Want to learn more about the Sorites Paradox? Check out my interview with philosopher and logician Graham Priest.
The “sorites paradox”, or paradox of the heap (“sorites” = “heap” in Greek), goes as follows: imagine we have 0 grains of sand. Do we have a heap of sand? Of course not! Well, what if we add one grain? We obviously still do not have a heap. Okay, what if we add one more? One more after that?
No matter how many grains of sand we have, adding just one more will never turn a non-heap into a heap. This is called the “tolerance principle,” and it is the defining feature of vague properties. It says that a small enough change can never alter the applicability of a vague property.
Say you have a red shirt. Change the light frequency by an imperceptible amount. Obviously, the shirt is still red. Take someone who is sober. One ml of beer will not make that person drunk.
A problem appears when we compound these small increments. Here’s a version of the argument:
1) 0 grains of sand is not a heap (premise)
2) 1 grain of sand is not a heap (by #1 & tolerance principle)
3) 2 grains of sand is not a heap (by #2 & tolerance principle)
10001) 10000 grains of sand is not a heap (by #10000 & tolerance principle)
It’s easy to see that this type of argument allows us to prove that a 90-year-old woman is a child, a blade of grass is red, and Danny DeVito is tall. It was invented by Eubilides sometime in the 4th century BCE, when he also invented the Liar and a few other paradoxes. Though it was largely ignored by ancient, medieval, and early modern philosophers, it has seen a huge surge of interest since the mid-1970’s. It is arguably the most difficult paradox facing contemporary logic. There’s nothing even close to a consensus on how to deal with it.
Acknowledging that vague properties are vague does not solve the sorites paradox
It’s tempting to say something like, “well, the properties in question are vague, that’s why this is happening. Logic is supposed to deal in precise terms.”
This is only partially correct. Logical systems are precise mechanisms designed to avoid vagueness and ambiguity. That doesn’t mean that the objects of logical analysis must be precise. Consider the following logical rule: if p&q is true, then p is true. That is a perfectly precise rule. You can substitute whatever you like for p and q – vague objects, fictional objects, whatever.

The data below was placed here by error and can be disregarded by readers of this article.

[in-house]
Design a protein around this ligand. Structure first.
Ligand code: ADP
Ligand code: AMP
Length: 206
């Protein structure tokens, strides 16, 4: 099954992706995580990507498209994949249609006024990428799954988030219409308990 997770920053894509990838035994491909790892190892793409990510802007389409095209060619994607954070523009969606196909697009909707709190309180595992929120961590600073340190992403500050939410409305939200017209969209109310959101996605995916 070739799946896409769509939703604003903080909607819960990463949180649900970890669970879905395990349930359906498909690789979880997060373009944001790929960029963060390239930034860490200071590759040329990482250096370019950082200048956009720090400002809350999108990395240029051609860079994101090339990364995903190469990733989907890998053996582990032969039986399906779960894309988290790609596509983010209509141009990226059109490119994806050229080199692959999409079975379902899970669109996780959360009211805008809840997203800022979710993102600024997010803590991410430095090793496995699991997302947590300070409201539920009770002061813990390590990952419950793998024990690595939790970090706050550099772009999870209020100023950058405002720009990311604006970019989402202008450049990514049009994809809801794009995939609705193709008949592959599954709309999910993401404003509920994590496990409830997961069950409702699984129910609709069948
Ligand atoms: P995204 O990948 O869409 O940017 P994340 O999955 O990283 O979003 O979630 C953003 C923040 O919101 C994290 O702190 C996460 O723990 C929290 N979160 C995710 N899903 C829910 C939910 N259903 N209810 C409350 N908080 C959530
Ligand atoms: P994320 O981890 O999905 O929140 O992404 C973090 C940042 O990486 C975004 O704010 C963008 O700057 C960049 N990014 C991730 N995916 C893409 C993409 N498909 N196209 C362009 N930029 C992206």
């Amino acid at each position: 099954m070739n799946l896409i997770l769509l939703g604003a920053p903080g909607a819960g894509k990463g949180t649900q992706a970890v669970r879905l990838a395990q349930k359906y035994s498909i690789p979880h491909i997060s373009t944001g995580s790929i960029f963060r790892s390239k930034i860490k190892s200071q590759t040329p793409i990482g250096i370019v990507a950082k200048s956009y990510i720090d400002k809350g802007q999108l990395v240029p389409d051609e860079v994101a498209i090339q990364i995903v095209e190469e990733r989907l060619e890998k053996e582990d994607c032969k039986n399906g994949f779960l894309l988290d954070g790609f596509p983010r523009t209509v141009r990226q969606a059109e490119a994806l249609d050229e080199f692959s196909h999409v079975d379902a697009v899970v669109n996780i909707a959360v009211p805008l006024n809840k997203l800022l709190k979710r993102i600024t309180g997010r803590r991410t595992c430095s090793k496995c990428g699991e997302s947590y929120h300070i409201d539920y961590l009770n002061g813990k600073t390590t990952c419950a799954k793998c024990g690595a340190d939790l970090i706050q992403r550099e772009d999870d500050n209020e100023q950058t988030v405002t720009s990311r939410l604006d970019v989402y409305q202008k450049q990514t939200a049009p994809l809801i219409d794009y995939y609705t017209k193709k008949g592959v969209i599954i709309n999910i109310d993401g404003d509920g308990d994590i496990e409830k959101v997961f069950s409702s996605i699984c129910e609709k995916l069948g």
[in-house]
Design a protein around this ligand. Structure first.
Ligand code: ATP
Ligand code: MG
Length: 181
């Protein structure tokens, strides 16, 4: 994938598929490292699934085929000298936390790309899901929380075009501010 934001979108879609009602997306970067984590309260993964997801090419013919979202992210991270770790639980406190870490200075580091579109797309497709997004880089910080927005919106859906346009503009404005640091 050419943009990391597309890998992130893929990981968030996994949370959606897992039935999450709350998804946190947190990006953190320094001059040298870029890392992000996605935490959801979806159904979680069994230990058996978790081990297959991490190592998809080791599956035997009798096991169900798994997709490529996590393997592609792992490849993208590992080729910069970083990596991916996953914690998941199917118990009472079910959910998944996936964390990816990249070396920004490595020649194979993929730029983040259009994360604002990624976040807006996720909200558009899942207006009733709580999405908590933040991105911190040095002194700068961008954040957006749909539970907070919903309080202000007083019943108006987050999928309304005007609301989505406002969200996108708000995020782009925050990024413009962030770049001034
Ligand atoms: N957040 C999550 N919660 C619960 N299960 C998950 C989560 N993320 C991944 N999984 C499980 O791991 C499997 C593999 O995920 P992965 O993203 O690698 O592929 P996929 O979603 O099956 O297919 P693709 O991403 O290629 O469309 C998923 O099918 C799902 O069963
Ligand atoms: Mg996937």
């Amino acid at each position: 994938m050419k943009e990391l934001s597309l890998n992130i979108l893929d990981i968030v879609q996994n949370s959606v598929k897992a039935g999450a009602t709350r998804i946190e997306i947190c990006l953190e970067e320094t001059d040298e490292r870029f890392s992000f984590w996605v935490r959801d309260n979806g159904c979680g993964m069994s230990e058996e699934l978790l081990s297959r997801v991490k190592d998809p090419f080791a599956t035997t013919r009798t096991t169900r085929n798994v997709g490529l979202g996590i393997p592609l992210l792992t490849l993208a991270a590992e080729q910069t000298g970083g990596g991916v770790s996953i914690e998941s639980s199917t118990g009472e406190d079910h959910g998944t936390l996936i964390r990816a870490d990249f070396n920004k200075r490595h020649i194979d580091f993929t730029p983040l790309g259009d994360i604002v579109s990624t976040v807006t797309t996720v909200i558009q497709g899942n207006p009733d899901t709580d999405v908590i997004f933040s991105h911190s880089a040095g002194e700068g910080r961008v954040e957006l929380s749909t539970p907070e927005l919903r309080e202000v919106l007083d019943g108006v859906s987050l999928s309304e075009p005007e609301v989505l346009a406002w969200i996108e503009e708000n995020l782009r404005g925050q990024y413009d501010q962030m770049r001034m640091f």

Of course, we can create an idealized logic that does not allow vague properties. In such a logic, we couldn’t say “the apple is red,” because “red” is vague. We could make up a precise version of “red” with a precise range of frequencies that qualify. Let’s call this red1. Red1 doesn’t create a sorites problem because the tolerance principle is not true of it. There is some precise light frequency such that by changing it a tiny amount, the resulting frequency is not red1. The sorites paradox progression gets blocked along with the absurd result.
The problem with this is that “red1” is not what we mean when we say “red.” If two colors are imperceptible to the eye, they are the same color. That’s an important feature of the property “red.” The vagueness in our language is not an accident or deficiency. It serves a purpose.
The issue is compounded when we consider that most of our properties are vague. Being old, being a person, being alive, being a plane, being fat, being liquid, being myself – for any of these, a version of tolerance applies. If logic is going to represent validity as we actually use it and understand it, it can’t disallow vague predicates.
The solutions to the sorites paradox
There are many solutions to the sorites paradox. I can’t mention them all here. The ones I can mention, I can’t go into with any detail. Nonetheless, I can give a quick overview of the more significant attempts.
Supervaluationism: A “sharpening” is any acceptable precisification of a vague property. For example, “is 5 ft. 10 in. or taller” is a sharpening of “is tall (for a human).” “Contains 213 grains of sand or more” is a sharpening of “is a heap.” Now, some precisifications are acceptable and some aren’t. “Contains 2 grains of sand or more” is not a precisification anyone would accept, and so does not count as a sharpening of “is a heap.”
Supervaluationism says: if the property applies under all acceptable sharpenings, then the application of the property is “supertrue.” Consider person A (7 ft. 4 in. tall) and person B (5 ft. 11 in. tall). “Person A is tall” is supertrue. There is no reasonable sharpening under which it is false. However, “person B is tall” is not supertrue. There are reasonable sharpenings (eg, “6 ft. or taller”) of “is tall” under which person B does not qualify.
For supervalutationists, truth is supertruth. In other words, if the property applies under all sharpenings, then it applies; if it doesn’t, it doesn’t.
Three-valued logic: We normally think of propositions as being either true or not true, not anything in between. But what if there were a third, intermediate value? Then we could say that “1 grain of sand makes up a heap” is false, “10000 grains of sand make up a heap” is true, and “80 grains of sand make up a heap” has an intermediate truth value.
Degrees of truth: Why stop at three values? “Fuzzy logic” allows us to create a spectrum, represented by the real number line from 0 to 1, of degrees of truth. Total falsity is represented by a truth value of 0, total truth is 1, and all real numbers in between represent an infinite spectrum of degrees of truth. So, we might say: “Immanuel Kant is a philosopher” has a value of 1, “Max Weber is a philosopher” has a value of 0.76, “Mike Tyson is a philosopher” has a value of 0.12108, and “my toaster is a philosopher” has a value of 0.